Will US soften stance on nukes?
A rollercoaster ride of spurned treaties, efforts to fund new weapons and the expansion of potential targets for nuclear strikes under the Bush administration to include Iran and North Korea may be drawing to a close after eight years. Wade Boese, research director at the Washington-based Arms Control Association, said he detects a new tone in the current
US presidential race following the publication of calls in the Wall Street Journal more than a year ago by former US secretaries of states Henry Kissinger and George Schultz, former defence secretary William Perry and former senator Sam Nunn for a world free of nuclear weapons.
“Today, we deploy thousands of nuclear warheads,” Republican presidential candidate John McCain said in May. “It is my hope to move as rapidly as possible to a significantly smaller force.” Still, Boese describes arms control and nuclear disarmament as largely under-the-radar political issues in the US election. “There is not much to look at right now. They all have said the right things in the sense that we need to reduce our nuclear forces, we need to show leadership,” Boese said, adding that Barack Obama, the Democratic nominee, appears willing to take a more aggressive reduction approach.
“I think it would be a profound mistake for us to use nuclear weapons in any circumstance,” Obama said a year ago, with a pause, “involving civilians.” Then he quickly added, “Let me scratch that. There’s been no discussion of nuclear weapons. That’s not on the table.” Boese is concerned that other bigger issues like US military involvement in Iraq could “distract” the next US administration from tackling complexities behind disarmament.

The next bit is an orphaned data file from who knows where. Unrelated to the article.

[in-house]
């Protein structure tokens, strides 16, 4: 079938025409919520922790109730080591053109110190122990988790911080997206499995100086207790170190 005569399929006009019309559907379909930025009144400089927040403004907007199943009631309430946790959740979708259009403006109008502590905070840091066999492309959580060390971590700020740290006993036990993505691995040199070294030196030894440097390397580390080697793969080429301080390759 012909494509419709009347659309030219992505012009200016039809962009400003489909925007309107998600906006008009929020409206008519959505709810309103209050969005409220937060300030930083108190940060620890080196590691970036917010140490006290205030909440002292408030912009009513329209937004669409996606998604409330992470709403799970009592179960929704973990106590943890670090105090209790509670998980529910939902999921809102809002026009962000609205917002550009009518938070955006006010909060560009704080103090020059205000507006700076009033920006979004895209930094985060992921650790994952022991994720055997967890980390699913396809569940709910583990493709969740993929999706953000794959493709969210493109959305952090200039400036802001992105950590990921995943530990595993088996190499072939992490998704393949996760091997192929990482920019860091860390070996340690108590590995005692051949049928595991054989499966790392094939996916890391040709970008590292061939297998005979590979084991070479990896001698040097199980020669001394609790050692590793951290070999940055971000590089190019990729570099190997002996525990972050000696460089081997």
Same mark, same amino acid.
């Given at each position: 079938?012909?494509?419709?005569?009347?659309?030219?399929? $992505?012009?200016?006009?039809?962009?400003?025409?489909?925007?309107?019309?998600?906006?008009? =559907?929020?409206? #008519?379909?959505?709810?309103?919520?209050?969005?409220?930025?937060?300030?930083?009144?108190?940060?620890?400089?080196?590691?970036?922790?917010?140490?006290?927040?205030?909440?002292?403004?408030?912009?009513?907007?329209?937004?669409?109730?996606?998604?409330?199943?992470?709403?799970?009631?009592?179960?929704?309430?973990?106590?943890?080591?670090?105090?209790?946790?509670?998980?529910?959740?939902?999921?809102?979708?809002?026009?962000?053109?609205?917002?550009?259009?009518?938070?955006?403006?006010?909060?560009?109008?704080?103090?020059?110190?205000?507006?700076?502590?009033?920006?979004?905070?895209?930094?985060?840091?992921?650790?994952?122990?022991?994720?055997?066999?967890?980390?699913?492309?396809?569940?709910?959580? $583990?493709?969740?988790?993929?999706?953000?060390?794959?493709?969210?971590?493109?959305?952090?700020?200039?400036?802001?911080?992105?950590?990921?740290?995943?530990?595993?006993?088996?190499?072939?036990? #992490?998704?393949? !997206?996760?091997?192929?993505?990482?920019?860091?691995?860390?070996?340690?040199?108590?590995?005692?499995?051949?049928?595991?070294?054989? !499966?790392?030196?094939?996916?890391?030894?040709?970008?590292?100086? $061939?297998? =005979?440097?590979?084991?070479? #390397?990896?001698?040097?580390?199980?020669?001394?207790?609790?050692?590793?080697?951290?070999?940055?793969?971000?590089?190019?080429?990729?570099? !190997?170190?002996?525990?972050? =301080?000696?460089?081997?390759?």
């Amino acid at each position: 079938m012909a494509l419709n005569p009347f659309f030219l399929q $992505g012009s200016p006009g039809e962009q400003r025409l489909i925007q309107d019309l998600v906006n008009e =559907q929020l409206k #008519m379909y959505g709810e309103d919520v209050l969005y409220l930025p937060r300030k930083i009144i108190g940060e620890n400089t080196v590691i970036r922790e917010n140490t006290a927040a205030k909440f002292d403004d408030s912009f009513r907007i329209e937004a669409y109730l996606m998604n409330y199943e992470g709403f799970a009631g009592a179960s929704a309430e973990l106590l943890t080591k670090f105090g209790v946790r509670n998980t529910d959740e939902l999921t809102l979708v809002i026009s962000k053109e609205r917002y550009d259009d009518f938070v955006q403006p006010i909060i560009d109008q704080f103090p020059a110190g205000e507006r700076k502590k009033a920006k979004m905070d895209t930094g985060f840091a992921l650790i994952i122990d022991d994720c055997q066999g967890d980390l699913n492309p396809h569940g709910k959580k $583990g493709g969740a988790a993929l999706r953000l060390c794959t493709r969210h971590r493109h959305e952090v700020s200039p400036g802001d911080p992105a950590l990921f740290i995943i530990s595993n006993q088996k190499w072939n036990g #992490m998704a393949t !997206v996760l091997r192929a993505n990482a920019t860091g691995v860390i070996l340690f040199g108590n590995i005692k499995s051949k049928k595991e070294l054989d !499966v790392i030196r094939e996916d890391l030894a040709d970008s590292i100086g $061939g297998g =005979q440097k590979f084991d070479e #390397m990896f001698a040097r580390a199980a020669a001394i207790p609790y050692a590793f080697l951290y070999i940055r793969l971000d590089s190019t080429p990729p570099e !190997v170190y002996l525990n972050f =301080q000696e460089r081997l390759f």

Another arms control watcher, David Culp, foresees a substantial change in US policy whoever is elected president in November. “There is pretty broad bipartisan frustration with the Bush administration policy,” he said. Unclear, however, from either campaign is whether the Bush administration’s expanded targeting plans for nuclear strikes against Iran, North Korea and Syria will be revisited, stated Culp. Encouraging for him is that the US Congress is undertaking a review of the US nuclear posture after rejecting proposals for the financing of new nuclear weapons under the current administration, including a controversial nuclear “bunker buster” bomb that would have been aimed at Iran’s underground uranium enrichment facilities.
Martin Butcher, a policy researcher at Acronym Institute for Disarmament Diplomacy, emphasises the relevance of the US nuclear posture in the wake of continued bellicose talk in US and Israeli political circles directed against Iran, which is accused of enriching uranium to create nuclear bombs.
“The US doctrine allows for the use of nuclear weapons to prevent a country like Iran which has the potential to produce nuclear weapons from turning that potential into reality,” Butcher said. Within NATO, he says, unresolved differences pit the European countries, which want to limit first-strike capability to major conflicts with states already armed with nuclear weapons like Russia and China, against the US, which has sought to broaden the targets to include enemy states with other weapons of mass destruction, particularly chemical, biological and powerful conventional arms. — IPS